Improving primary palliative care in Scotland: lessons from a mixed methods study

Bruce Mason, Susan Buckingham, Anne Finucane, Peter Hutchison, Marilyn Kendall, Hazel McCutcheon, Lorna Porteous, Scott A Murray

Research output: Contribution to journalArticlepeer-review


BACKGROUND: Since 2012, all GP practices across Scotland have been supported to take a systematic approach to end-of-life care, by helping them to identify more patients for palliative care through a Palliative Care Directed Enhanced Service (DES). We aimed to understand the impact of this initiative.

METHODS: Routine quantitative data from the 2012/13, and 2013/14 DES were collected from regional health boards, analysed and discussed. Qualitative data were collected from a sample of 2012/13 DES returns and analysed using Thematic Analysis.

RESULTS: Data were received from 512 practices in nine Scottish Health boards for the 2012-13 DES and 638 practices in 11 Health boards for 2013-14. A sample of 90 of the returns for 2012-13 was selected for qualitative analysis. In 2012-13, 72 % of patients who died of cancer were listed on the palliative care register (PCR) before death while 27 % of patients who died as a result of non-malignant conditions were listed on the PCR. In 2013-14, cancer identification remained the same but identification of people dying with other long-term conditions had improved to 32.5 %. We identified several key issues needed to improve palliative care in the community. The need for training to identify patients with palliative care needs (particularly non-cancer); communication skills training; improvements in sharing information across the NHS; under-resource of and lack of coordination with district nurses; improvements in information technology; and tools for working with enlarged palliative care registers.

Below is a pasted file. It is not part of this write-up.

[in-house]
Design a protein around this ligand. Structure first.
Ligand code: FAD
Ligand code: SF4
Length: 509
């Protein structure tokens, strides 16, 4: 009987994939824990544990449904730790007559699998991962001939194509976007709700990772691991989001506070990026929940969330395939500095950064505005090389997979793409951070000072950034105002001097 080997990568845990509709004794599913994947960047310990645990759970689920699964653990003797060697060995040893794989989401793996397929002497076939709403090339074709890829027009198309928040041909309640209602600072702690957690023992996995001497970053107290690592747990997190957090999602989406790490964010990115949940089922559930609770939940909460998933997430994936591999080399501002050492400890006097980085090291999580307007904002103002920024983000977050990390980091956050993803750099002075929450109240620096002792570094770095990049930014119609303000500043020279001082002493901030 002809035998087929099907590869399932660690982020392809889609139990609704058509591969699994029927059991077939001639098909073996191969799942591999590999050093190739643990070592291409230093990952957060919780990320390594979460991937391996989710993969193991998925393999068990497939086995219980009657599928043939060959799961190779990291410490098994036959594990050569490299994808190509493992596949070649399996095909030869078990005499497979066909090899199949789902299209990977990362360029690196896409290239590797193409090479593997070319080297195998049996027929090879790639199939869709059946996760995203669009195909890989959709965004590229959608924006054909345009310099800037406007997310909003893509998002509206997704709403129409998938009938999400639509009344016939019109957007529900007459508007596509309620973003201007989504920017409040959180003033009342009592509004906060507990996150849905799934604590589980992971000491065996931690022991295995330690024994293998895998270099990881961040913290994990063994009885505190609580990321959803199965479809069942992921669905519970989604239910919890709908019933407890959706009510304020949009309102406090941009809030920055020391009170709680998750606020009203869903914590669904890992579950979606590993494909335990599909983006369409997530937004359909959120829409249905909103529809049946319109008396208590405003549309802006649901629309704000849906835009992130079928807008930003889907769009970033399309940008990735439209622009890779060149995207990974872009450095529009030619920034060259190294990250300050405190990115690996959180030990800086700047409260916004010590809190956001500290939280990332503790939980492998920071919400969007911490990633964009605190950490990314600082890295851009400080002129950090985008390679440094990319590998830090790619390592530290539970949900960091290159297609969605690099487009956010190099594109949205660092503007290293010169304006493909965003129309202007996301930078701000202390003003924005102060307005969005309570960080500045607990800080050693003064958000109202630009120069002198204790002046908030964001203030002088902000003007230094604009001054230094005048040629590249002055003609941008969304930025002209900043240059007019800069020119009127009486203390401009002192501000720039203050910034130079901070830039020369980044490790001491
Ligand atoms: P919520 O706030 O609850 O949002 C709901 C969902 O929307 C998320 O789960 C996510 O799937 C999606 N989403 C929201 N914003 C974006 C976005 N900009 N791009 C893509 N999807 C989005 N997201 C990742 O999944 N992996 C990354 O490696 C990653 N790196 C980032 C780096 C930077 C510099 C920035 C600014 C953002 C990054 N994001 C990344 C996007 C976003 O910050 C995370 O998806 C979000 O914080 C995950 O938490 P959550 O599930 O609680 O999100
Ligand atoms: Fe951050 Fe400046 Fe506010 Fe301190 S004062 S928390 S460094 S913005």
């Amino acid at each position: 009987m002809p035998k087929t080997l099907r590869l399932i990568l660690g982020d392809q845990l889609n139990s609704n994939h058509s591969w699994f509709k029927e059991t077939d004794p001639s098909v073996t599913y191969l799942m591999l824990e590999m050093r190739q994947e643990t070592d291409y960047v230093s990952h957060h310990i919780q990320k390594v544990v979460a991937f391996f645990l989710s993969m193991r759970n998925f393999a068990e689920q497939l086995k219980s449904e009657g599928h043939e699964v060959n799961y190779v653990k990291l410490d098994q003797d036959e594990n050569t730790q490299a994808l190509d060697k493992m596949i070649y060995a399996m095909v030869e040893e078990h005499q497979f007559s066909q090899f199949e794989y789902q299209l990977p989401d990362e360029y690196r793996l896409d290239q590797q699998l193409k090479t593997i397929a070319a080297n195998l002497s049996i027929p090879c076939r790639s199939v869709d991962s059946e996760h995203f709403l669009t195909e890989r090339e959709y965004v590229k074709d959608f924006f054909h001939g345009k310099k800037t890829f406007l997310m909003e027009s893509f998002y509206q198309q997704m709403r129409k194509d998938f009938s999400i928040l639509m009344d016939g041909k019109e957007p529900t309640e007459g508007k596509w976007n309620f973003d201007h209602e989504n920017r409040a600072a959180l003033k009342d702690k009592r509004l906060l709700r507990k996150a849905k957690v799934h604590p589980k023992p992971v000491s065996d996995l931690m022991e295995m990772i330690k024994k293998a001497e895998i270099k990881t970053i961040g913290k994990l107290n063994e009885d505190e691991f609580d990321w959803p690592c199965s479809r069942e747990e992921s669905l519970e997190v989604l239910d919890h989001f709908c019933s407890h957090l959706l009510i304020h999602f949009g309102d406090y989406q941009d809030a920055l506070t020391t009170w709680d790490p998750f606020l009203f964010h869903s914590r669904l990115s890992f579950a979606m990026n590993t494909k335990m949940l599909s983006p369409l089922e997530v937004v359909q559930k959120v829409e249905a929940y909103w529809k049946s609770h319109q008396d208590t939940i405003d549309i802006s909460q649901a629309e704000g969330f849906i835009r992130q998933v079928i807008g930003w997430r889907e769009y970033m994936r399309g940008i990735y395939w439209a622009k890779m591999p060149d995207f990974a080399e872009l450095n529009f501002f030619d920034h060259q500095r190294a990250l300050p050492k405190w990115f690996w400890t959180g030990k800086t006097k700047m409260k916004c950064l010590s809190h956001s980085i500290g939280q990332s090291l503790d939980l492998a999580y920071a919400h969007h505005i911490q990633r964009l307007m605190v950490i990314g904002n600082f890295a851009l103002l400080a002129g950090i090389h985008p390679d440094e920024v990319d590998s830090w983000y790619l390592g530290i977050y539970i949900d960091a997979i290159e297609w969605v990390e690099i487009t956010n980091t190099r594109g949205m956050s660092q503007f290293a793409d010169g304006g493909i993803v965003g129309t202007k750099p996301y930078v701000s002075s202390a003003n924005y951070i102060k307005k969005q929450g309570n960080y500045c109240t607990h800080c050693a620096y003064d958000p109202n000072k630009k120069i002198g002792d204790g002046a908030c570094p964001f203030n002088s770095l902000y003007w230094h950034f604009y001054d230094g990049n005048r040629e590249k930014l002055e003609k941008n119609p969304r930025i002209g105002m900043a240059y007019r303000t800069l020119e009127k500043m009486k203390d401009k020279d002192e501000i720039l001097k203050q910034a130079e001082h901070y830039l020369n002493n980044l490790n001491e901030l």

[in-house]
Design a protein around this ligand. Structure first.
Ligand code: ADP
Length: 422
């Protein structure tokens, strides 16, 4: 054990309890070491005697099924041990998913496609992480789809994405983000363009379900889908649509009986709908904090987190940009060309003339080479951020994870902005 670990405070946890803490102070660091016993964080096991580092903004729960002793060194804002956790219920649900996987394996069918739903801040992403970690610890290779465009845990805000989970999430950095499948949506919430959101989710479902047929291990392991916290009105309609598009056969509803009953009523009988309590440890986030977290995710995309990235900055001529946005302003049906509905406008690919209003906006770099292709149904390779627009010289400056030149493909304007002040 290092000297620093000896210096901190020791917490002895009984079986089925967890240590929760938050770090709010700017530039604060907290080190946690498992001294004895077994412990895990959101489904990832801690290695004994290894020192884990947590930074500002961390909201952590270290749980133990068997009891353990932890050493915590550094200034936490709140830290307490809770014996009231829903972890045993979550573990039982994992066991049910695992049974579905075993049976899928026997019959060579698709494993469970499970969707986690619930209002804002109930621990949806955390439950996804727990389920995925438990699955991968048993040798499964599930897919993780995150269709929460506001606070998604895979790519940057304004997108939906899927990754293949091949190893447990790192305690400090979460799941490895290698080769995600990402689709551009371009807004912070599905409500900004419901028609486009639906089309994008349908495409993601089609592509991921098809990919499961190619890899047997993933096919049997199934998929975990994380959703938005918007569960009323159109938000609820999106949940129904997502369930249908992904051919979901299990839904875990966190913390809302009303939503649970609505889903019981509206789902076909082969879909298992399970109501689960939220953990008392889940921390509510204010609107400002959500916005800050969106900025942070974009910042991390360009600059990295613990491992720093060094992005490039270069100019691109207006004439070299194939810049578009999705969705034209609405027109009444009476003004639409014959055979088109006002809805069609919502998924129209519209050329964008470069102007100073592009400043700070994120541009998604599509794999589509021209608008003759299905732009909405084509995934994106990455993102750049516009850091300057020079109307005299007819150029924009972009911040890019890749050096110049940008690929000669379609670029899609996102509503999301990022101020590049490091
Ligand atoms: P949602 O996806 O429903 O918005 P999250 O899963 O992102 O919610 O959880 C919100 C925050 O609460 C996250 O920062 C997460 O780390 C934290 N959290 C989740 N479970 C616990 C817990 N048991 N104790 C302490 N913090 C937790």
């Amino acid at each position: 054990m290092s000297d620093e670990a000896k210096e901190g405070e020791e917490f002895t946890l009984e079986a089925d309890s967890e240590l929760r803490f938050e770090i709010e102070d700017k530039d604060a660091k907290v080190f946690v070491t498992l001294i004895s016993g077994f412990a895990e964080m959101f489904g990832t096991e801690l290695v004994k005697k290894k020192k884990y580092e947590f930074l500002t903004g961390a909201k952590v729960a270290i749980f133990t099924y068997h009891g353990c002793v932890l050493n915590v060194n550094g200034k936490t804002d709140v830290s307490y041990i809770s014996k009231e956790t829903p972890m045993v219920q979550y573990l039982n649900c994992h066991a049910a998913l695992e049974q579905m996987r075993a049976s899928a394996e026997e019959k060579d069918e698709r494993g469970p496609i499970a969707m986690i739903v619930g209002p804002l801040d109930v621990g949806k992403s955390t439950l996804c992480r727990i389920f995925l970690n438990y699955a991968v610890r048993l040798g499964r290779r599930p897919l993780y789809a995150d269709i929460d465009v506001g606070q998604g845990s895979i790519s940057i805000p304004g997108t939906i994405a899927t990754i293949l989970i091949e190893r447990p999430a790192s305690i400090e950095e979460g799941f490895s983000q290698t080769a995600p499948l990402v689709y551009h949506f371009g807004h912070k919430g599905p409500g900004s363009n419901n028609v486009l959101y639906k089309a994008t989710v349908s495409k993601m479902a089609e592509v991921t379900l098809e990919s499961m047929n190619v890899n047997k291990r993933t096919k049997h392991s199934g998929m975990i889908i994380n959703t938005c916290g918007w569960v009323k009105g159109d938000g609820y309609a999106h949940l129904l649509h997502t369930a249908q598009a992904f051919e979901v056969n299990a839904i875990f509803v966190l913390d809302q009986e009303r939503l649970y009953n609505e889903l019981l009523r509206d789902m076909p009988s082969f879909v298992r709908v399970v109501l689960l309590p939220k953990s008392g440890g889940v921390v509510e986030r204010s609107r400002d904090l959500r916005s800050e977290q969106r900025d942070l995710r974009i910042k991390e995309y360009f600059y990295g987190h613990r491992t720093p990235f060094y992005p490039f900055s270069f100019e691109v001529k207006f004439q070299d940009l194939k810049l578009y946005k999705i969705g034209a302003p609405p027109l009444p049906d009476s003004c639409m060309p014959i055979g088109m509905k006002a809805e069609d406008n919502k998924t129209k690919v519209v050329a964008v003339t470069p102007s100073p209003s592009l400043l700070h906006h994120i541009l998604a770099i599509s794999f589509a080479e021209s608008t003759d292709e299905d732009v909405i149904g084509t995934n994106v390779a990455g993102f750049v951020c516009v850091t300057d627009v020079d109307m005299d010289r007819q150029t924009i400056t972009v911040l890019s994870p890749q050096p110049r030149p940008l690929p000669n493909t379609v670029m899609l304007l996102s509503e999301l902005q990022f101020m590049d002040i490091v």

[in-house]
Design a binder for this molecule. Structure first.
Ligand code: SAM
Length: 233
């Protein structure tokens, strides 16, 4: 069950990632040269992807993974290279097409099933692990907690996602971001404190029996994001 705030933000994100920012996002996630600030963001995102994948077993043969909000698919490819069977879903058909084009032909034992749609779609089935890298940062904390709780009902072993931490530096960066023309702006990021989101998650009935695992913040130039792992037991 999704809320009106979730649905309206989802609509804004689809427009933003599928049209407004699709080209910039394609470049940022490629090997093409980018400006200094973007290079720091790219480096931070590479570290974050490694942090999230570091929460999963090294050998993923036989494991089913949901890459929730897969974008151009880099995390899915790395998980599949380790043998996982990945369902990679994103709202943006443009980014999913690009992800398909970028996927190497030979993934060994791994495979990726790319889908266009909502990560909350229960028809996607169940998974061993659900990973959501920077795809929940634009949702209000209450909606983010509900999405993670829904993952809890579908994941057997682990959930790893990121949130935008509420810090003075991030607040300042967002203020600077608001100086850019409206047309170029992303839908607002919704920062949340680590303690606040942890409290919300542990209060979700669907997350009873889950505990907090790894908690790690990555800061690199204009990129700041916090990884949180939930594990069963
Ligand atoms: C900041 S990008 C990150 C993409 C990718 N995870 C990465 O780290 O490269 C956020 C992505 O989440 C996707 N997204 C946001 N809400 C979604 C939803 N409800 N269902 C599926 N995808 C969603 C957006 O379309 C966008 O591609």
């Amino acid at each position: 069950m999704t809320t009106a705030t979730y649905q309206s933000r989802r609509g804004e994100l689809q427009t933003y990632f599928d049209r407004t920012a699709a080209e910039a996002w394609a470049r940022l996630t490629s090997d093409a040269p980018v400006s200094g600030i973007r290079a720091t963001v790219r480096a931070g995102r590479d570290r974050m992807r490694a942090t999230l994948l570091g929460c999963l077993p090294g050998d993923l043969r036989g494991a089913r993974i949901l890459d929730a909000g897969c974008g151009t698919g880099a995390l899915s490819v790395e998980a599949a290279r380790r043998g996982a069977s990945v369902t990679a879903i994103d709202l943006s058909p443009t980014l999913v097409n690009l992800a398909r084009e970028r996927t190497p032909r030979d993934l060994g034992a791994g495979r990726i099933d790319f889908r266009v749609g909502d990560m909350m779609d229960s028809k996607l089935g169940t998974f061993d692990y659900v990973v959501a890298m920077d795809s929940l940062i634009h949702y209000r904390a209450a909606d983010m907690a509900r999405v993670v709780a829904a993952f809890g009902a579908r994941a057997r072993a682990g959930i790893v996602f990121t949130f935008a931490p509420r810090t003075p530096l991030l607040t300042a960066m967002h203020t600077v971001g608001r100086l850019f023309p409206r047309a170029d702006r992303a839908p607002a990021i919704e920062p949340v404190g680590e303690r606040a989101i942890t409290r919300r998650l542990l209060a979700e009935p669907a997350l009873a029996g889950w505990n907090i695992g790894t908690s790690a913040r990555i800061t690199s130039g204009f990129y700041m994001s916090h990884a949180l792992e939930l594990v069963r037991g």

CONCLUSIONS: The DES helped more patients with long-term conditions (LTC) receive generalist palliative care. Approaching generalist palliative care as anticipatory care could facilitate communication between GPs and patients/families and remove some barriers to early identification of palliative care needs. Improvement of information technology and use of identification tools like the SPICT™ may improve professionals' communication with each other and help may make identification and management of patients easier.

Original languageEnglish
Pages (from-to)176
JournalBMC Family Practice
Issue number1
Publication statusPublished - 10 Dec 2015


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